There a logic to this; almost invariably, politicians lie. However, their body language almost always tells the truth. Yes, it is a proven fact that politicians make lousy poker players; after all, with a few exceptions, they’re essentially salesmen/showmen, adapted to strutting their stuff to a willing public. And beyond this, the non-verbal component of their communication is well documented, and can teach you a lot about the underlying message.
There is a lot one can do with "home equipment" in this respect... By “muting” the shows, one can filter out the “noise”, and by escaping their eloquence, one can focus on body language. Those who don’t understand the language benefit from an added advantage, since they can use the additional information provided by the variations in tonality… Kinda like an anthropologist watching (inner) apes, and correlating utterances to mental states.
In the little “love-in” duet, I could not help but note how Aoun was acting subservient to Nasrallah; his eyes drifting constantly to the “Syed”, looking for approval, signalling with his hands in sign of deference, even crouching in his chair, lowering his shoulders ever so slightly when he was not sure of his point. In contrast, Nasrallah was acting approvingly, like a master proud of his disciple. Not having the sound on, I could not really ascertain whether Aoun was also adjusting his speech pattern and tone.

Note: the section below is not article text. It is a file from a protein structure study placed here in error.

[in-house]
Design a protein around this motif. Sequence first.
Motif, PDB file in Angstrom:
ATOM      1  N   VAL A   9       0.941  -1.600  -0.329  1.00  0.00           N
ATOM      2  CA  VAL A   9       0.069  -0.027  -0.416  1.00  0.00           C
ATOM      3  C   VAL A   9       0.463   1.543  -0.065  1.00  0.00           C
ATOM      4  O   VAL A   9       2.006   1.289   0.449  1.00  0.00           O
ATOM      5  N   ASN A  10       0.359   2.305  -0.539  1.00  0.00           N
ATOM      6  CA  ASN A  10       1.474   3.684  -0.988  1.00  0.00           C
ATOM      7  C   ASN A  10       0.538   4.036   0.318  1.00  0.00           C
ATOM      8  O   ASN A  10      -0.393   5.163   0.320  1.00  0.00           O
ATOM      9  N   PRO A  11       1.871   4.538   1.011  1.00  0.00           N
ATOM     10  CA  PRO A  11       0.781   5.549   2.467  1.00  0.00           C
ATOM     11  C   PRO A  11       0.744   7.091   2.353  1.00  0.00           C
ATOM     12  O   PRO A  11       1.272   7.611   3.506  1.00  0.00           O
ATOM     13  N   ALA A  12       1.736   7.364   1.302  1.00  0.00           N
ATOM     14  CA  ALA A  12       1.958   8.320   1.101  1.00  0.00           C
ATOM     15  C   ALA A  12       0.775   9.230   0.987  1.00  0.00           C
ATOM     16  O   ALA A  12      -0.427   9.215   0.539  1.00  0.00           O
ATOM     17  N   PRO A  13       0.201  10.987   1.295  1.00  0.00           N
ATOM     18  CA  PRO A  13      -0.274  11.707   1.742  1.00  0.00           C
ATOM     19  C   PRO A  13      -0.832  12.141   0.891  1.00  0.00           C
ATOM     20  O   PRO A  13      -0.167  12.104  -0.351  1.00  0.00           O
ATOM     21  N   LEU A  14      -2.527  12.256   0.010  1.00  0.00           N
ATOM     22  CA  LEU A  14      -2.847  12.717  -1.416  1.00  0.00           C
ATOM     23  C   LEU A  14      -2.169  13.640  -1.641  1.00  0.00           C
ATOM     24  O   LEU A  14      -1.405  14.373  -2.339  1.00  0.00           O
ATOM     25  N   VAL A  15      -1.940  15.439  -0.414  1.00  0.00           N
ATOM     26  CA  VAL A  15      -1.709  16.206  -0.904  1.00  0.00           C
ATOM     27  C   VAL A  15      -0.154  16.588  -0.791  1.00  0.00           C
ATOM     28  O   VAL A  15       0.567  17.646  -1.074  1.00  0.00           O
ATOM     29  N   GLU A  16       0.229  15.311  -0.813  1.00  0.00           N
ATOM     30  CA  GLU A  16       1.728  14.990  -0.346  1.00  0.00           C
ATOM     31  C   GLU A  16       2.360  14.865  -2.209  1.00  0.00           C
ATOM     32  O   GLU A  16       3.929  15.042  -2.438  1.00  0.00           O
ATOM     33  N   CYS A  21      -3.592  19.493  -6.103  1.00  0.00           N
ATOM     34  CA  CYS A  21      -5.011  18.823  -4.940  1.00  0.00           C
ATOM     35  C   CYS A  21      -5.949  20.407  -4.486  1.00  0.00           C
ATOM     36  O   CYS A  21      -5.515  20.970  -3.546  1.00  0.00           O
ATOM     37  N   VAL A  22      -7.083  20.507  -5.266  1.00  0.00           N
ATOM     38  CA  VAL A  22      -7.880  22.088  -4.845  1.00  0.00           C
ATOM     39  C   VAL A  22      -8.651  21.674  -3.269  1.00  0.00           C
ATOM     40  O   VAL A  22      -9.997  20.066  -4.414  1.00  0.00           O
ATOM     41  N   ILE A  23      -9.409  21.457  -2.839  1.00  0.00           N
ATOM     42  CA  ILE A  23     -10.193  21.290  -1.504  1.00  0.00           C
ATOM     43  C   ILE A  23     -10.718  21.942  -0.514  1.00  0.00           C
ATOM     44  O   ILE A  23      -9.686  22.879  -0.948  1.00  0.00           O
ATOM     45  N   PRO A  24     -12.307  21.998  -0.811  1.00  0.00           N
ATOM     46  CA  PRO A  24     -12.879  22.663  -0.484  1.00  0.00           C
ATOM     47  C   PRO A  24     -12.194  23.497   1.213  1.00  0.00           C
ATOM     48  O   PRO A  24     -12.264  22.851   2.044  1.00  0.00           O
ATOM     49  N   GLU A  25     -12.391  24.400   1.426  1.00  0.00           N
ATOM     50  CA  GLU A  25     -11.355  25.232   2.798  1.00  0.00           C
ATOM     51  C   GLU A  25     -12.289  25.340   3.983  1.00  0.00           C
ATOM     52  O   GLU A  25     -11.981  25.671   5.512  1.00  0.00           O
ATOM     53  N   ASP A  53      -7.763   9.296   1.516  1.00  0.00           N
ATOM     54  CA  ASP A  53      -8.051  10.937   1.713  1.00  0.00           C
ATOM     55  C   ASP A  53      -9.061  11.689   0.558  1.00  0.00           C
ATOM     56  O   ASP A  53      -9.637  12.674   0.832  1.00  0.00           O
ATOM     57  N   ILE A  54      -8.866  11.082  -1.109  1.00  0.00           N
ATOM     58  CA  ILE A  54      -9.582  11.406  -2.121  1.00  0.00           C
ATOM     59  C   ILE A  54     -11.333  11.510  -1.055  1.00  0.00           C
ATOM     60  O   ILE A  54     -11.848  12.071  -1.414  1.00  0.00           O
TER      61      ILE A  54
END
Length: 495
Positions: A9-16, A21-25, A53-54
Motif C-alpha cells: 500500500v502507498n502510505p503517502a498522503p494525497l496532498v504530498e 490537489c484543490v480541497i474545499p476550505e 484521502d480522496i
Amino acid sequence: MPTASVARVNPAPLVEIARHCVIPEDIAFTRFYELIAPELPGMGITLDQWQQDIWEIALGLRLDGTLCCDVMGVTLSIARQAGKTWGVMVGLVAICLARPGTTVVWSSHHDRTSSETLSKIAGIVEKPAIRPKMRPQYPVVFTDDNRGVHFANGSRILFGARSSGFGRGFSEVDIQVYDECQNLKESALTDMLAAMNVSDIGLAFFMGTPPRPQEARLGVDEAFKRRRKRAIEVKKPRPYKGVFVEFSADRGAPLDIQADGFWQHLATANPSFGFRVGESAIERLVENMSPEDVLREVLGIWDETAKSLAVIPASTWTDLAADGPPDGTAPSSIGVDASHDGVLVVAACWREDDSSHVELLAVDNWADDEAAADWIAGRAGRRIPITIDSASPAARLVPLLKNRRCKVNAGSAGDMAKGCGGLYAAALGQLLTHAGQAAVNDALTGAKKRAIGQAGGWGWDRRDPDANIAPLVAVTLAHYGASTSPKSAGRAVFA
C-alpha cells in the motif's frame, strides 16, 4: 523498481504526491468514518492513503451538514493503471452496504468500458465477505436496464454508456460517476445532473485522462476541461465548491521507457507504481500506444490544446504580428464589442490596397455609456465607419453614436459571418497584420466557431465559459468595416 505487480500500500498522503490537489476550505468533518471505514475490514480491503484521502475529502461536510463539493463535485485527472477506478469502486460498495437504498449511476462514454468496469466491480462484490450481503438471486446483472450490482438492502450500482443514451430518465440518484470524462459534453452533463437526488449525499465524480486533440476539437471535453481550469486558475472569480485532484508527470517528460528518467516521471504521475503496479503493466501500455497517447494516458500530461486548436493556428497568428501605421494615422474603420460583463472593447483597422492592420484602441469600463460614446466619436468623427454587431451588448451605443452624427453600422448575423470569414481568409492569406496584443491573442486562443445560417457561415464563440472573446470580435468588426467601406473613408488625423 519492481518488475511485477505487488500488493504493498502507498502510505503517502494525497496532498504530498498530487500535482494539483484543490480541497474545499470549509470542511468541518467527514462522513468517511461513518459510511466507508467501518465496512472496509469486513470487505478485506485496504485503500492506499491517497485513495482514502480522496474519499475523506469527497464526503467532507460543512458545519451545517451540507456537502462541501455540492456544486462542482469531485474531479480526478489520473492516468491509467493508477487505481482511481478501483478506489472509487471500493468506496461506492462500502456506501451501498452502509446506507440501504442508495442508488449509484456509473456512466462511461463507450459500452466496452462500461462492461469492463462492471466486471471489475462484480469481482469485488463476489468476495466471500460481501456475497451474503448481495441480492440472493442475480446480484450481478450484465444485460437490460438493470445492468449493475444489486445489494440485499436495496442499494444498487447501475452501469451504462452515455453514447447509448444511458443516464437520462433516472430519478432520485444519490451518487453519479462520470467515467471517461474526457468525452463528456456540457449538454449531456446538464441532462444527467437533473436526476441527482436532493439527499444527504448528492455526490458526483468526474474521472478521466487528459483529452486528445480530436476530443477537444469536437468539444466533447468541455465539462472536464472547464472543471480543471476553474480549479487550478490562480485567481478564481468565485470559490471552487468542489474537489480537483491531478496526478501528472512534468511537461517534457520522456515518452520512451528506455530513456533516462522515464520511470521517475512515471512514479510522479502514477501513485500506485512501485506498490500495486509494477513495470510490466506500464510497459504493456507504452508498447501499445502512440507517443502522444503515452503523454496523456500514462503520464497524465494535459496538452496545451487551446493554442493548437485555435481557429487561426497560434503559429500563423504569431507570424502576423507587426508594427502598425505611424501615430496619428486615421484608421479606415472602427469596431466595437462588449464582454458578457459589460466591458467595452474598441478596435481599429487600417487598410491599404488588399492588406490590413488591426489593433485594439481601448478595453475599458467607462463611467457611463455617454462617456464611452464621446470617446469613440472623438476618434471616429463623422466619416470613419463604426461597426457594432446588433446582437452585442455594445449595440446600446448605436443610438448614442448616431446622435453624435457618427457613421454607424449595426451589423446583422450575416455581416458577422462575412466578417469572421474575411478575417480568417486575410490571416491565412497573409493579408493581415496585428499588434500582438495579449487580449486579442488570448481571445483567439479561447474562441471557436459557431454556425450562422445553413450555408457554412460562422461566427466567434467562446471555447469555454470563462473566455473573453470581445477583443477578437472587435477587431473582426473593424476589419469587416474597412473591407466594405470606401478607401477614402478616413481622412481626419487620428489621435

The solo performance came later. Saad appeared confident and strong, and far less hesitant than before. What followed was ever more interesting; his partisans starting to shoot in the air, to celebrate their boss’ speech. The message send to Hezb was clear, since more than simple fireworks were used…
Still, there must be more optimal ways of displaying one’s power… Such a persistent ignorance of the laws of physics remains galling after so many years of evolution; even our lesser cousins have long figured this out… Luckily, no one got hurt this time around. However, as
What next? Well, the speeches told me nothing, but the context invites caution. Combine this plethora of instruments, the increased brazenness and overconfidence, and you get the feeling that, as the orchestra is gearing up to play, the fight over the best seats has began.